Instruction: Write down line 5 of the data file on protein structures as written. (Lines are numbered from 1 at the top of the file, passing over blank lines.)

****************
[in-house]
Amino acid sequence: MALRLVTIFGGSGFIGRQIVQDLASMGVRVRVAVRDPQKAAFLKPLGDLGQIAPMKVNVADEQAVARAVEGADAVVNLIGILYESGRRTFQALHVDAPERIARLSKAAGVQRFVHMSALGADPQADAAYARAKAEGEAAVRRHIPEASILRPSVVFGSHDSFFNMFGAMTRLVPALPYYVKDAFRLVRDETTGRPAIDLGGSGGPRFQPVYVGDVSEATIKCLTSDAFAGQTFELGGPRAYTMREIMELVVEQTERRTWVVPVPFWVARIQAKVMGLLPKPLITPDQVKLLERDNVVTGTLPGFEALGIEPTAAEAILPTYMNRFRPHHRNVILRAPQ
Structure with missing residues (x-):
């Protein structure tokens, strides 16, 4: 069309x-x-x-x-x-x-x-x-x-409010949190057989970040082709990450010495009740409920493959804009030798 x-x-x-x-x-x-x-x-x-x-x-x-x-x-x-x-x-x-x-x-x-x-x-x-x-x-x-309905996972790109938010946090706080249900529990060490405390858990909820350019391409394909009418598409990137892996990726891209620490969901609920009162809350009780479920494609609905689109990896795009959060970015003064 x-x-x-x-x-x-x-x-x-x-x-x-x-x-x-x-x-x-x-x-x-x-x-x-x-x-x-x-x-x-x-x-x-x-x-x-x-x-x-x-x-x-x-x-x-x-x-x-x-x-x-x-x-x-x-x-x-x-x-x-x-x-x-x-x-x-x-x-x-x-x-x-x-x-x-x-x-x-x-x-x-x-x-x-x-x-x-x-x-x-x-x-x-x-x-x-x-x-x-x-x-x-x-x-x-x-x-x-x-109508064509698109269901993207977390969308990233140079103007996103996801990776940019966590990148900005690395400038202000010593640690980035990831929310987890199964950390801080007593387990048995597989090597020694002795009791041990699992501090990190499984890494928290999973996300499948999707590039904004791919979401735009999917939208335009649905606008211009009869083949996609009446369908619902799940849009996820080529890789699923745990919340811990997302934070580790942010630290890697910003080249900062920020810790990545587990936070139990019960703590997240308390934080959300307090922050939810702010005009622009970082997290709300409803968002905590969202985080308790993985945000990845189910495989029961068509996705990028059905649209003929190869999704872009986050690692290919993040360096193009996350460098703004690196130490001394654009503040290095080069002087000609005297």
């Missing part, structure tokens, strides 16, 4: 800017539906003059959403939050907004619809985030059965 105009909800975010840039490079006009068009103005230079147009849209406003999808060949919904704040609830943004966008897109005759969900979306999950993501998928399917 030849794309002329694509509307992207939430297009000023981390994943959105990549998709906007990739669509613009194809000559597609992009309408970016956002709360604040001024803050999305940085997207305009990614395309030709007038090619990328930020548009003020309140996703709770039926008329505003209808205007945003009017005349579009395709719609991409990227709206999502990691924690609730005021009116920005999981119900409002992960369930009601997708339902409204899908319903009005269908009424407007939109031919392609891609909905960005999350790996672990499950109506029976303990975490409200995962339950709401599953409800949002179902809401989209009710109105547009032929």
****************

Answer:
């Missing part, structure tokens, strides 16, 4: 800017539906003059959403939050907004619809985030059965 105009909800975010840039490079006009068009103005230079147009849209406003999808060949919904704040609830943004966008897109005759969900979306999950993501998928399917 030849794309002329694509509307992207939430297009000023981390994943959105990549998709906007990739669509613009194809000559597609992009309408970016956002709360604040001024803050999305940085997207305009990614395309030709007038090619990328930020548009003020309140996703709770039926008329505003209808205007945003009017005349579009395709719609991409990227709206999502990691924690609730005021009116920005999981119900409002992960369930009601997708339902409204899908319903009005269908009424407007939109031919392609891609909905960005999350790996672990499950109506029976303990975490409200995962339950709401599953409800949002179902809401989209009710109105547009032929």